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Rectovaginal fistula

Rectovaginal fistula
Classification & external resources
ICD-10 N82.3
ICD-9 619.1
DiseasesDB 32573
eMedicine med/2745 
MeSH D012006

A rectovaginal fistula is a medical condition where there is a fistula or abnormal connection between the rectum and the vagina. Rectovaginal fistula may be extremely debilitating. If the opening between the rectum and vagina is wide it will allow both flatulence and feces to escape through the vagina, leading to fecal incontinence. There is an association with recurrent urinary and vaginal infections.


Rectovaginal fistulae are often the result of trauma during childbirth (in which case it is known as obstetric fistula) in situations where there is inadequate health care, such as in some poor third world countries. Rates in Eritrea are estimated as high as 350 per 100,000 vaginal births. Fistulas can also develop in women and children who are raped; women with rectovaginal fistulae are often stigmatized in third world countries, and become outcasts.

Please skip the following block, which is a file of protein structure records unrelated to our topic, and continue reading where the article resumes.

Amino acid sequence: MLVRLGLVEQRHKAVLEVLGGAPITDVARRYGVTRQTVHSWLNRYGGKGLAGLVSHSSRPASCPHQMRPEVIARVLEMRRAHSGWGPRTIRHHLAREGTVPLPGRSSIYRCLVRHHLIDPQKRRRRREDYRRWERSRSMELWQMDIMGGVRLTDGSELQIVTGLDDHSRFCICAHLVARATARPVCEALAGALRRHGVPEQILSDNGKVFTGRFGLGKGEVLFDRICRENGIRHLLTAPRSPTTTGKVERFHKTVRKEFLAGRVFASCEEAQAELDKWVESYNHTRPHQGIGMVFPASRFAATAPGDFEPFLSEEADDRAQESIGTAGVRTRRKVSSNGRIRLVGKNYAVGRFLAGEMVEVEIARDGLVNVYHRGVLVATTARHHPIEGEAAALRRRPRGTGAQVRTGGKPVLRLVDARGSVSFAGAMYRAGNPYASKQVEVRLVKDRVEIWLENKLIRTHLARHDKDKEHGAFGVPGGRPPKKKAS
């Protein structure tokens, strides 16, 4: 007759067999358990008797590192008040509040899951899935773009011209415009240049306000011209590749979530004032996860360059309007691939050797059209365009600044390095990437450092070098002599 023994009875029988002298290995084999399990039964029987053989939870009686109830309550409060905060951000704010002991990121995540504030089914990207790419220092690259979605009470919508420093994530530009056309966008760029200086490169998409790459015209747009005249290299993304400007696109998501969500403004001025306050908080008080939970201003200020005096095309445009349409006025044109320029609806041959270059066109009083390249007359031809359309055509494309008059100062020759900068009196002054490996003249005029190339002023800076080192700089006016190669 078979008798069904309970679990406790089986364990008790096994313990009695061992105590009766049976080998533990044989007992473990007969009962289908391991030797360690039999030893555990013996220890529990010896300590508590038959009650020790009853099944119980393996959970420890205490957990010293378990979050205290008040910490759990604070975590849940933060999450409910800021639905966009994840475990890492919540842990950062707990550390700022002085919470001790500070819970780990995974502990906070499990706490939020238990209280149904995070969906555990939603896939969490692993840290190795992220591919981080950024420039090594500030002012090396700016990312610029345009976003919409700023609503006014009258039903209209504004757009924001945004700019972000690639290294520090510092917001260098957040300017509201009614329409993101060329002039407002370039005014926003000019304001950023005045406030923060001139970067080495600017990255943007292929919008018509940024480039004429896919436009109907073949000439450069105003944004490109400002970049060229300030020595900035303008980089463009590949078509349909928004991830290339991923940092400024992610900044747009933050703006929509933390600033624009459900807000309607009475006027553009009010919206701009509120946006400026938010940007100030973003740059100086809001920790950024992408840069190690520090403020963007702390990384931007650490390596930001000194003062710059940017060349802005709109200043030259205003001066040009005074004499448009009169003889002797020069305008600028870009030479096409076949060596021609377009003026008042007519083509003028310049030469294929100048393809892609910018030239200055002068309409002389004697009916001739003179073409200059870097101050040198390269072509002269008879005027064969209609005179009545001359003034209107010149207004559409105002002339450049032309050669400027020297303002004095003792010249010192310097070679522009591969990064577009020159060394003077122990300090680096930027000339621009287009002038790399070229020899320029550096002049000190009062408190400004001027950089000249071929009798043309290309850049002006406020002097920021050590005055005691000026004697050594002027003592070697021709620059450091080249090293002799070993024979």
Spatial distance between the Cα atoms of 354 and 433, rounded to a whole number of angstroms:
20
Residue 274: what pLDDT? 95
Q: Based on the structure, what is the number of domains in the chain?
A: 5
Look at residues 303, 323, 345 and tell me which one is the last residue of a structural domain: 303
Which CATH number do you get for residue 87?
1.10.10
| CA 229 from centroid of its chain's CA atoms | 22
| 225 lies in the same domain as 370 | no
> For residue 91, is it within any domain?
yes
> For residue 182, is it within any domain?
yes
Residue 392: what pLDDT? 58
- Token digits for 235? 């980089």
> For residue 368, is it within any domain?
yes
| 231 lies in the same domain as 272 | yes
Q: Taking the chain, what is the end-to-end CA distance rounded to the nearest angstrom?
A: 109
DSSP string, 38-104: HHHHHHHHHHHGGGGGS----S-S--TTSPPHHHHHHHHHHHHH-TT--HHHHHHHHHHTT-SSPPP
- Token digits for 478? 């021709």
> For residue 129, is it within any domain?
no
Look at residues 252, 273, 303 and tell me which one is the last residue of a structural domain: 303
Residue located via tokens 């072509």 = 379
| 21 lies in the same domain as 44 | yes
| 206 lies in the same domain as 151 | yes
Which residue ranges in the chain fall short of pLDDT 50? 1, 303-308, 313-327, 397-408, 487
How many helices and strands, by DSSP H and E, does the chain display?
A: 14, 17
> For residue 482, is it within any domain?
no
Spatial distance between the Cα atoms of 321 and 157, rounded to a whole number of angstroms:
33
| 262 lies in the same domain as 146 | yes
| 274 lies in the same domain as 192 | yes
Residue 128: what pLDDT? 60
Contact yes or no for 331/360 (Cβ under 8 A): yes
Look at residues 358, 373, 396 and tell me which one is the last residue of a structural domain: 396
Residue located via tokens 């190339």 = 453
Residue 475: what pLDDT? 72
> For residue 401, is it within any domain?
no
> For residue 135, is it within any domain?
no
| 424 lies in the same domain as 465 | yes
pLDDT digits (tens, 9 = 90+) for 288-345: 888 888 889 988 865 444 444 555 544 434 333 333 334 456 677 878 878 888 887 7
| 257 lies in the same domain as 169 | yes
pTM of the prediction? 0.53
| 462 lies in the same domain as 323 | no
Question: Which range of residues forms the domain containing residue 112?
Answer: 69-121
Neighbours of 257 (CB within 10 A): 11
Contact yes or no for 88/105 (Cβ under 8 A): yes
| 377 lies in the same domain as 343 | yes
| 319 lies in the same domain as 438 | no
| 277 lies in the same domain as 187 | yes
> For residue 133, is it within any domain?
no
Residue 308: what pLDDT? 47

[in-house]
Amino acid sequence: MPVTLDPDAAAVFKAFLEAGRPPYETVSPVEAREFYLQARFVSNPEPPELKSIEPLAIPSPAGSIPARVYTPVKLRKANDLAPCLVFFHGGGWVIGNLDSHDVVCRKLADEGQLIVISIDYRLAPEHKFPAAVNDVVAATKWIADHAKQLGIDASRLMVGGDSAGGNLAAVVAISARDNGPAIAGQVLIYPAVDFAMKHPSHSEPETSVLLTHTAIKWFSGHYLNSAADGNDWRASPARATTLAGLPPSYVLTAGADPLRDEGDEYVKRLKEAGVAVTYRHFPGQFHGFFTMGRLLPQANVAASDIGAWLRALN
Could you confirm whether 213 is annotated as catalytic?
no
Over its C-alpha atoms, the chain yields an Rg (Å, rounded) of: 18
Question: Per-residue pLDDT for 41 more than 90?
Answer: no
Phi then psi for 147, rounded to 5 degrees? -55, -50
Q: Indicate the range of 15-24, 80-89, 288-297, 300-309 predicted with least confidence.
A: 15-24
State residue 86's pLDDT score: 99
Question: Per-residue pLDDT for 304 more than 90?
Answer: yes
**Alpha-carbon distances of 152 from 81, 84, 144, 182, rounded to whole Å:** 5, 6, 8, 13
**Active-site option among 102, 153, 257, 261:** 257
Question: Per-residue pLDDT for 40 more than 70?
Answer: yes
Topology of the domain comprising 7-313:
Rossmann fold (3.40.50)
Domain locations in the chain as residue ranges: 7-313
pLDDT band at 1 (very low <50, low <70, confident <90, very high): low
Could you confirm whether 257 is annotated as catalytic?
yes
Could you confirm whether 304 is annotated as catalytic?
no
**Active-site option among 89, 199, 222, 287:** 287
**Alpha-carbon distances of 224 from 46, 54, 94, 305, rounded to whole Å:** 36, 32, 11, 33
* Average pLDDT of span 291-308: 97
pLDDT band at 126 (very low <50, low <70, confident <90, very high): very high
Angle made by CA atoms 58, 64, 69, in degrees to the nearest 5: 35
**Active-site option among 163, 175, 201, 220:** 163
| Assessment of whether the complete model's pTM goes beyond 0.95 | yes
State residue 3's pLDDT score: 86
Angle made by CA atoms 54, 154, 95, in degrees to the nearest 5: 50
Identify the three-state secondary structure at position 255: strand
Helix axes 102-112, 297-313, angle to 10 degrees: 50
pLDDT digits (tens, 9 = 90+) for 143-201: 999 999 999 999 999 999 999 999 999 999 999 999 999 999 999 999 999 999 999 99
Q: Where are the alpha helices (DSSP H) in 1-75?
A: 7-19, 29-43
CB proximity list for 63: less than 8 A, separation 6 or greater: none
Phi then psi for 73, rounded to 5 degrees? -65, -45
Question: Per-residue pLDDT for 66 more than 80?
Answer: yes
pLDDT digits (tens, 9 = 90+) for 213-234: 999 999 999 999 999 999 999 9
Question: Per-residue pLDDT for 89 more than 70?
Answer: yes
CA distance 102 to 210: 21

Women in the West suffer similarly, mainly due to the fact that most people do not take the condition seriously. As such, discussing the disorder publicly is not something that many women feel they can do.

Rectovaginal fistulae can also be symptoms of various diseases, including infection by Lymphogranuloma venereum, or the unintended result of surgery, such as episiotomy or sexual reassignment surgery. They may present as a complication of vaginal surgery, including vaginal hysterectomy. They are a recognized presentation of rectal carcinoma or rarely diverticular disease of the bowel or Crohn's disease. They are seen rarely after radiotherapy treatment for cervical cancer.

Theories about pregnancy

There has apparently been discussion in pop-medical circles at some time in the past of there being a possibility of semen travelling through a rectovaginal fistula during anal sex and potentially resulting in a pregnancy. While this is possible in theory—a rectovaginal fistula is, after all, a passageway between the two related cavities through which other (semi)liquids are known to pass—the obvious symptoms of the condition, including the severe, readily-apparent pain that may be associated with it, makes an unwitting instance of this phenomenon functionally impossible.

See also

This article is licensed under the GNU Free Documentation License. It uses material from the Wikipedia article "Rectovaginal_fistula". A list of authors is available in Wikipedia.
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